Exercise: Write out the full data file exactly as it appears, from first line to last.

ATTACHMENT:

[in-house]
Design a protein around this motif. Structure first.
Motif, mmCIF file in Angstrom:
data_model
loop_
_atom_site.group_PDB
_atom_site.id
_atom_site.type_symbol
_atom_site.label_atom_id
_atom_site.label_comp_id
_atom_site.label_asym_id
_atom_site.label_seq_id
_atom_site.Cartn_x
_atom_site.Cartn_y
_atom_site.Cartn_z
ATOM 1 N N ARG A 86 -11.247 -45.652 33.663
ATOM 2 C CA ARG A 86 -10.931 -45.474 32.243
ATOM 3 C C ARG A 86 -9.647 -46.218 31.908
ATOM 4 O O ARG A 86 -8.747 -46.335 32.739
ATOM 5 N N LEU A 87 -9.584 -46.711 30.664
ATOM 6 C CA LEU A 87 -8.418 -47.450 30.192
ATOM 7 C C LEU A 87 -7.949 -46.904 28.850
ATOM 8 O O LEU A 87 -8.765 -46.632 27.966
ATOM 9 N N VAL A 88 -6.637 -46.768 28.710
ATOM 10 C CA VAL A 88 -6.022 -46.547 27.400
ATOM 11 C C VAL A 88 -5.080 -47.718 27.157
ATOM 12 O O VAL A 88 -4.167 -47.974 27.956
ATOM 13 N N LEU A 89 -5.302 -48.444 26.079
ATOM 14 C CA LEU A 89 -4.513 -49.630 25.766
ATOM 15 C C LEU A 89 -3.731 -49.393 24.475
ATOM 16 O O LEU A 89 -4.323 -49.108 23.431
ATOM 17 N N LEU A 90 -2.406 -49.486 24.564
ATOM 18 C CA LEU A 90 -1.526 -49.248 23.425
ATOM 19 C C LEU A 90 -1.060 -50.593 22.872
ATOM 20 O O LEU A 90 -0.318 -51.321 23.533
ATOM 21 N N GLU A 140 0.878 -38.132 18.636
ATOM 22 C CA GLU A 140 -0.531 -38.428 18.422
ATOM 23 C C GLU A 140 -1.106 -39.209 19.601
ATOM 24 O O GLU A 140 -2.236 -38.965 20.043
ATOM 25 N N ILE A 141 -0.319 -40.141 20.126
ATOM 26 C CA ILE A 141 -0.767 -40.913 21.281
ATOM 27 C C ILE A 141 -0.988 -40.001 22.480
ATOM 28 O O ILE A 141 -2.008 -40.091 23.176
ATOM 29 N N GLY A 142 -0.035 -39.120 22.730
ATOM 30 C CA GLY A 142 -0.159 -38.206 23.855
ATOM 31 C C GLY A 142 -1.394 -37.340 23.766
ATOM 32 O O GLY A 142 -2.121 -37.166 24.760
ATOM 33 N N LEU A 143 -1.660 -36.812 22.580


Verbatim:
[in-house]
Design a protein around this motif. Structure first.
Motif, mmCIF file in Angstrom:
data_model
loop_
_atom_site.group_PDB
_atom_site.id
_atom_site.type_symbol
_atom_site.label_atom_id
_atom_site.label_comp_id
_atom_site.label_asym_id
_atom_site.label_seq_id
_atom_site.Cartn_x
_atom_site.Cartn_y
_atom_site.Cartn_z
ATOM 1 N N ARG A 86 -11.247 -45.652 33.663
ATOM 2 C CA ARG A 86 -10.931 -45.474 32.243
ATOM 3 C C ARG A 86 -9.647 -46.218 31.908
ATOM 4 O O ARG A 86 -8.747 -46.335 32.739
ATOM 5 N N LEU A 87 -9.584 -46.711 30.664
ATOM 6 C CA LEU A 87 -8.418 -47.450 30.192
ATOM 7 C C LEU A 87 -7.949 -46.904 28.850
ATOM 8 O O LEU A 87 -8.765 -46.632 27.966
ATOM 9 N N VAL A 88 -6.637 -46.768 28.710
ATOM 10 C CA VAL A 88 -6.022 -46.547 27.400
ATOM 11 C C VAL A 88 -5.080 -47.718 27.157
ATOM 12 O O VAL A 88 -4.167 -47.974 27.956
ATOM 13 N N LEU A 89 -5.302 -48.444 26.079
ATOM 14 C CA LEU A 89 -4.513 -49.630 25.766
ATOM 15 C C LEU A 89 -3.731 -49.393 24.475
ATOM 16 O O LEU A 89 -4.323 -49.108 23.431
ATOM 17 N N LEU A 90 -2.406 -49.486 24.564
ATOM 18 C CA LEU A 90 -1.526 -49.248 23.425
ATOM 19 C C LEU A 90 -1.060 -50.593 22.872
ATOM 20 O O LEU A 90 -0.318 -51.321 23.533
ATOM 21 N N GLU A 140 0.878 -38.132 18.636
ATOM 22 C CA GLU A 140 -0.531 -38.428 18.422
ATOM 23 C C GLU A 140 -1.106 -39.209 19.601
ATOM 24 O O GLU A 140 -2.236 -38.965 20.043
ATOM 25 N N ILE A 141 -0.319 -40.141 20.126
ATOM 26 C CA ILE A 141 -0.767 -40.913 21.281
ATOM 27 C C ILE A 141 -0.988 -40.001 22.480
ATOM 28 O O ILE A 141 -2.008 -40.091 23.176
ATOM 29 N N GLY A 142 -0.035 -39.120 22.730
ATOM 30 C CA GLY A 142 -0.159 -38.206 23.855
ATOM 31 C C GLY A 142 -1.394 -37.340 23.766
ATOM 32 O O GLY A 142 -2.121 -37.166 24.760
ATOM 33 N N LEU A 143 -1.660 -36.812 22.580